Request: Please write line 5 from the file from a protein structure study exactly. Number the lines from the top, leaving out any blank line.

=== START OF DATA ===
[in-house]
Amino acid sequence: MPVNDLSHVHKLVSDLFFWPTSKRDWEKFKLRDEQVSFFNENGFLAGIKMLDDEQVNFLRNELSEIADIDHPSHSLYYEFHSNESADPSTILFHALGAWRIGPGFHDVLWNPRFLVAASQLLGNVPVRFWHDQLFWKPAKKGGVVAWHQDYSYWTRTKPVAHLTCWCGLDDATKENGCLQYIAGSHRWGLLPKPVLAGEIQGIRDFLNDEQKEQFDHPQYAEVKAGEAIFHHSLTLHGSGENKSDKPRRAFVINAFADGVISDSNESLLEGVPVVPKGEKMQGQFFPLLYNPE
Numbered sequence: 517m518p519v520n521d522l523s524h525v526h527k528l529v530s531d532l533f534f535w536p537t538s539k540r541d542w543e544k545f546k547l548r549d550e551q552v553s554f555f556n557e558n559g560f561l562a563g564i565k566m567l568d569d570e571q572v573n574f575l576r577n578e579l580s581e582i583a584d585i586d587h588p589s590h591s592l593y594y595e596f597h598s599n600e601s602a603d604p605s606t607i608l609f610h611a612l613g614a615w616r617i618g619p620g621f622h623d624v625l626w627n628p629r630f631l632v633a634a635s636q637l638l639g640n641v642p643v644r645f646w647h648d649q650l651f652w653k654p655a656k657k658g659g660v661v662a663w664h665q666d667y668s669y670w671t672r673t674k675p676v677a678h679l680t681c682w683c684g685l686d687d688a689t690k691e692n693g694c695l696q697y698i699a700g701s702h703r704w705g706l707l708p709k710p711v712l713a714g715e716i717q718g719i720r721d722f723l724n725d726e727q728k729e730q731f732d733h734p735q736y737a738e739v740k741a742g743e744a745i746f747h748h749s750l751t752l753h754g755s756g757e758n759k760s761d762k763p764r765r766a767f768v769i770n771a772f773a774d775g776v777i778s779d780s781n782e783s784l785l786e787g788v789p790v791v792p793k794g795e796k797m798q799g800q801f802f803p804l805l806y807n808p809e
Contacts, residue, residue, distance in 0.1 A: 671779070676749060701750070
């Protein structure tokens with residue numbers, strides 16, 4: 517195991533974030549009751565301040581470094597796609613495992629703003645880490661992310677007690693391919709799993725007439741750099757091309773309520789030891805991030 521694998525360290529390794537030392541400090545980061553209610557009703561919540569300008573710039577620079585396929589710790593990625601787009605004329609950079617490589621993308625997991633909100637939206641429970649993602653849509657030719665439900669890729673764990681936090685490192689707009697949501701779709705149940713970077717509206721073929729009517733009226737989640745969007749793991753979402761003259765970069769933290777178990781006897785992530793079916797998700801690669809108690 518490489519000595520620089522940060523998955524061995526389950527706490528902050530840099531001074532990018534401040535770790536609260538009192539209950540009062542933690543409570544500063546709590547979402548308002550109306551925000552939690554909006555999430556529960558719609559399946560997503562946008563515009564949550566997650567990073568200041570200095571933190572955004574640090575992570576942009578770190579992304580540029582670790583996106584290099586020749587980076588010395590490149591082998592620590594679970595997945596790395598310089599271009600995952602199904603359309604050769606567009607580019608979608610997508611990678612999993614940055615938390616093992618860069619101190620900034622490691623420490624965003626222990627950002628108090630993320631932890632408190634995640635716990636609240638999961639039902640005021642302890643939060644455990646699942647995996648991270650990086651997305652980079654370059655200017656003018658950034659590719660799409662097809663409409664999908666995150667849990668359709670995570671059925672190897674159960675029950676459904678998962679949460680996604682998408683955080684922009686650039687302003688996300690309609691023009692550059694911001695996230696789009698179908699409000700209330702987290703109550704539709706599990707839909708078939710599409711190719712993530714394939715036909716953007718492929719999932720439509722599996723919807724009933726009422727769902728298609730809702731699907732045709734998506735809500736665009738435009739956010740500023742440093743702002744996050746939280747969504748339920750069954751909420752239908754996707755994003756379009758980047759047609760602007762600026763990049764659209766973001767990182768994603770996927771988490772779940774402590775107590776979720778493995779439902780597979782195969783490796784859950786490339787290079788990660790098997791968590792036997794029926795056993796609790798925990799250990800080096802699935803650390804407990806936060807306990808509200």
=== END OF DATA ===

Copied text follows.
């Protein structure tokens with residue numbers, strides 16, 4: 517195991533974030549009751565301040581470094597796609613495992629703003645880490661992310677007690693391919709799993725007439741750099757091309773309520789030891805991030 521694998525360290529390794537030392541400090545980061553209610557009703561919540569300008573710039577620079585396929589710790593990625601787009605004329609950079617490589621993308625997991633909100637939206641429970649993602653849509657030719665439900669890729673764990681936090685490192689707009697949501701779709705149940713970077717509206721073929729009517733009226737989640745969007749793991753979402761003259765970069769933290777178990781006897785992530793079916797998700801690669809108690 518490489519000595520620089522940060523998955524061995526389950527706490528902050530840099531001074532990018534401040535770790536609260538009192539209950540009062542933690543409570544500063546709590547979402548308002550109306551925000552939690554909006555999430556529960558719609559399946560997503562946008563515009564949550566997650567990073568200041570200095571933190572955004574640090575992570576942009578770190579992304580540029582670790583996106584290099586020749587980076588010395590490149591082998592620590594679970595997945596790395598310089599271009600995952602199904603359309604050769606567009607580019608979608610997508611990678612999993614940055615938390616093992618860069619101190620900034622490691623420490624965003626222990627950002628108090630993320631932890632408190634995640635716990636609240638999961639039902640005021642302890643939060644455990646699942647995996648991270650990086651997305652980079654370059655200017656003018658950034659590719660799409662097809663409409664999908666995150667849990668359709670995570671059925672190897674159960675029950676459904678998962679949460680996604682998408683955080684922009686650039687302003688996300690309609691023009692550059694911001695996230696789009698179908699409000700209330702987290703109550704539709706599990707839909708078939710599409711190719712993530714394939715036909716953007718492929719999932720439509722599996723919807724009933726009422727769902728298609730809702731699907732045709734998506735809500736665009738435009739956010740500023742440093743702002744996050746939280747969504748339920750069954751909420752239908754996707755994003756379009758980047759047609760602007762600026763990049764659209766973001767990182768994603770996927771988490772779940774402590775107590776979720778493995779439902780597979782195969783490796784859950786490339787290079788990660790098997791968590792036997794029926795056993796609790798925990799250990800080096802699935803650390804407990806936060807306990808509200």